UA-76843172-1

Learning from media mistakes in Boston bombing coverage

Christian Harding
Staff Writer

In light of the recent bombings in Boston (which have thankfully been resolved at the time of my writing this piece), it would seem as though while all the major news outlets were attempting to report on this story, there seemed to be an offbeat and almost desperate sense of urgency to the coverage. Pressure not only from the bombings themselves, but also the pressure to be the first one to land the big scoop and relieve everyone of their stress. In events like these, certain risks and liberties with one’s gathering of information are called for. Sometimes this can lead to really courageous and innovative reporting. However, this is not always the case and it more often than not will lead to really clumsy and poorly handled coverage.
And with that in mind, it’s high time to face certain events which transpired recently, though not the actual bombings themselves. Instead, some light must be shed on the regrettably amateurish coverage of said events, mostly in regards to some otherwise reliable news sources. With these incidents, we’re provided with a rather harsh reminder that making mistakes in your professional career is flat out unavoidable, no matter who you work for or how high up on the journalistic food chain you are.
On Wednesday, CNN reported that an arrest had been made in the Boston bombing case, and that a “dark-skinned male” seen walking away from the scene in video footage from a Lord & Taylor store was the suspect. According to the network, a “source” in federal law enforcement told a CNN correspondent that someone was arrested. Additionally, FOX News “confirmed” that an arrest had been made. Following suite, The Associated Press said that a “subject was in custody.” ??Meanwhile, NBC insisted that no arrest had been made, but there were individuals of interest identified by the FBI. Later, as more news outlets reported that an arrest had been made, or a suspect had been identified, NBC continued to insist that their sources told them no arrest had been made. Rather than run with what probably sounded like the most interesting angle to go with, they kept their integrity and reported only what they knew to be true. Sure, this exercise might’ve lost them a few viewers for a couple of hours, but their competence was rewarded with not being humiliated on a national scale after having been proven wrong.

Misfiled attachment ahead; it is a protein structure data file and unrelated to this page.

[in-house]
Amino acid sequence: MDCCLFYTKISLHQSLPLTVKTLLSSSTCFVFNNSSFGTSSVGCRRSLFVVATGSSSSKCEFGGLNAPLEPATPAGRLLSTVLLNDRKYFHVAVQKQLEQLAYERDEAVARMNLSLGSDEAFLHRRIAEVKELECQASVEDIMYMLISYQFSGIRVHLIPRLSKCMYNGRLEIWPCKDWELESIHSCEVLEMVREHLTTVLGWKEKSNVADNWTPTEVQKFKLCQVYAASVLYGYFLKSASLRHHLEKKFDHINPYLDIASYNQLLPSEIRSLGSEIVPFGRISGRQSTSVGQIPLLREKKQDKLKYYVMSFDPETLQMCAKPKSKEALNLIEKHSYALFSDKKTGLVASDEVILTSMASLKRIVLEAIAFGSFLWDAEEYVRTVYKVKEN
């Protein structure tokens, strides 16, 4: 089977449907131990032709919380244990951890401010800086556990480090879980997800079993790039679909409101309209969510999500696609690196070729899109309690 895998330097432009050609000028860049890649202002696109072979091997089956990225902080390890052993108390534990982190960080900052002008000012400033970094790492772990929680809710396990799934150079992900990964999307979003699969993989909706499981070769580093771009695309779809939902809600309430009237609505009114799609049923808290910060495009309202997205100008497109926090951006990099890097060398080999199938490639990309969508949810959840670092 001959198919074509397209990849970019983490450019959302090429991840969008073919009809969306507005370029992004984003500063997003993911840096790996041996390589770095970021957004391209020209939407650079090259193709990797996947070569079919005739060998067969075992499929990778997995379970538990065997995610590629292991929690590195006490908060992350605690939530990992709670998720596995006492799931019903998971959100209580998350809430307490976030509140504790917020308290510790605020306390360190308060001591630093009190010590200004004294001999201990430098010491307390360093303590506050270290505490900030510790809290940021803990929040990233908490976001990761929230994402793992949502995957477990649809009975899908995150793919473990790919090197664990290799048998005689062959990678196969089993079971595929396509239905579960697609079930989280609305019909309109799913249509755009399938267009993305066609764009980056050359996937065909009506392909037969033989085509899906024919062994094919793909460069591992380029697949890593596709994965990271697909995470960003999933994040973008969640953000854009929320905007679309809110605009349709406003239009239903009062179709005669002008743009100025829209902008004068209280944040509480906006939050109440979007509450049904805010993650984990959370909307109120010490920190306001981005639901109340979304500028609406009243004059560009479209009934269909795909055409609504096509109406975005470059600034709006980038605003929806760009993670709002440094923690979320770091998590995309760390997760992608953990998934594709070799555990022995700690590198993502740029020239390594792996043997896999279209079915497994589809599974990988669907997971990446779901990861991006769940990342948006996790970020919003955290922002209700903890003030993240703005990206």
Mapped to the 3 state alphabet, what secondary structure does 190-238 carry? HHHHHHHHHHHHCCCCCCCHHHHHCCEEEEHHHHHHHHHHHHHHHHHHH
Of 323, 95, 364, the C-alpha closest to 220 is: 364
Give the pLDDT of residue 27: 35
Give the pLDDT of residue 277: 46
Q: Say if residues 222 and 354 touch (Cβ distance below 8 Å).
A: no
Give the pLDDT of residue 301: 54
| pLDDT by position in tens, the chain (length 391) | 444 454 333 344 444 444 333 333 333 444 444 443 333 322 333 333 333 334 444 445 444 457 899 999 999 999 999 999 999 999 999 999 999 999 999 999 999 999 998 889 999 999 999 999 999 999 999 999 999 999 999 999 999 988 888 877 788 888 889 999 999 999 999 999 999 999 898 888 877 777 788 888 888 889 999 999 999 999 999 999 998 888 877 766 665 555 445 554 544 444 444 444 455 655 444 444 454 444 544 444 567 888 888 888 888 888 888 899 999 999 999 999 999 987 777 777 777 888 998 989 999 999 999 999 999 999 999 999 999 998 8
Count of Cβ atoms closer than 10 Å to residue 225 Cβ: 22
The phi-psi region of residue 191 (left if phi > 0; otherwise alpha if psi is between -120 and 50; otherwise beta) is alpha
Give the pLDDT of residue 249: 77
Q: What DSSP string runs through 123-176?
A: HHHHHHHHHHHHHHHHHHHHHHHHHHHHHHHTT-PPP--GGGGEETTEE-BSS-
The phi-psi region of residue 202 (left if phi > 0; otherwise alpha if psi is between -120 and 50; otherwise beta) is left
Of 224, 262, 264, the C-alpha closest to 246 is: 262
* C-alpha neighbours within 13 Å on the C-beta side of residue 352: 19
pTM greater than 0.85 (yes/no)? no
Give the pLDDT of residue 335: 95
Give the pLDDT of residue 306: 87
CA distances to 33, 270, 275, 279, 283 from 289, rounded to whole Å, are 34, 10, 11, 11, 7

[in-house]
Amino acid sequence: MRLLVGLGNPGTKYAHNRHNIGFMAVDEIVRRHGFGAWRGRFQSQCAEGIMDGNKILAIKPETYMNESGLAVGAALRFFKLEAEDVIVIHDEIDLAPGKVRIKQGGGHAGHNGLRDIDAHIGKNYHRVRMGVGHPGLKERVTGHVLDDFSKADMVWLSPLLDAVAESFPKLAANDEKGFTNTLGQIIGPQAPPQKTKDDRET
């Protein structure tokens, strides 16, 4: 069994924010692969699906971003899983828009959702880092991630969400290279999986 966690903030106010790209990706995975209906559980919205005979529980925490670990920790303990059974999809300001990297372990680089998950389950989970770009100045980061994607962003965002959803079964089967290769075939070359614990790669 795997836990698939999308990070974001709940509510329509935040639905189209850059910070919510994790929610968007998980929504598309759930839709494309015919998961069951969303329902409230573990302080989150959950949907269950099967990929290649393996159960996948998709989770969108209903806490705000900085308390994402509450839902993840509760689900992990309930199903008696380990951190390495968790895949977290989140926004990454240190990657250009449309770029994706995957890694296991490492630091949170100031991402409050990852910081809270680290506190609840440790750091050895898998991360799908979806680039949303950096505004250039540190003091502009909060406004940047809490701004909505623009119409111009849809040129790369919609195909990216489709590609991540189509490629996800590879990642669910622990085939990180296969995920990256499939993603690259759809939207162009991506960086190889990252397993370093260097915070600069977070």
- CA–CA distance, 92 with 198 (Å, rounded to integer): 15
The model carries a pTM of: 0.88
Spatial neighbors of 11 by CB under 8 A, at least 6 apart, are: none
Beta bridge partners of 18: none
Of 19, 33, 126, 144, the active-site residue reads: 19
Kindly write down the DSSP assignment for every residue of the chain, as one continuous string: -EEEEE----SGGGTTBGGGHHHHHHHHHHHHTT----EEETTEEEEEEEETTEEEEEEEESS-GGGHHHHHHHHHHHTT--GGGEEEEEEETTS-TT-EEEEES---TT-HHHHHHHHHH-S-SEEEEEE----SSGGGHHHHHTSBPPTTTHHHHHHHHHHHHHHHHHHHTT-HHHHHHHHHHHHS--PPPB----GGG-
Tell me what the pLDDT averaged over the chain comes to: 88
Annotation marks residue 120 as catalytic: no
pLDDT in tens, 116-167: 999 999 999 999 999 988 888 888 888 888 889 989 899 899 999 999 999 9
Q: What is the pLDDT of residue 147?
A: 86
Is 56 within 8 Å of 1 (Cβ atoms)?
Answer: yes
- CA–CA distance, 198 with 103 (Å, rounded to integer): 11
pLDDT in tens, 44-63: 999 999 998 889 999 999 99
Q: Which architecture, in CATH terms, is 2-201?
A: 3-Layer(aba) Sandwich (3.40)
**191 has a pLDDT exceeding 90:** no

Obviously, this little incident can teach a lot to those of us hoping to enter into related fields during their lifetime. People always talk about how you can learn from “the greats” or how we should all look to those who are the very best at their professions. But what is often taken for granted is how we can learn from the mistakes of those very same people.
Nobody is perfect, and even the most accomplished of professionals are prone to screwing up from time to time. But their failings might inadvertently prove beneficial to those who might someday be in the same situation, and could therefore avoid making a colossal error or two.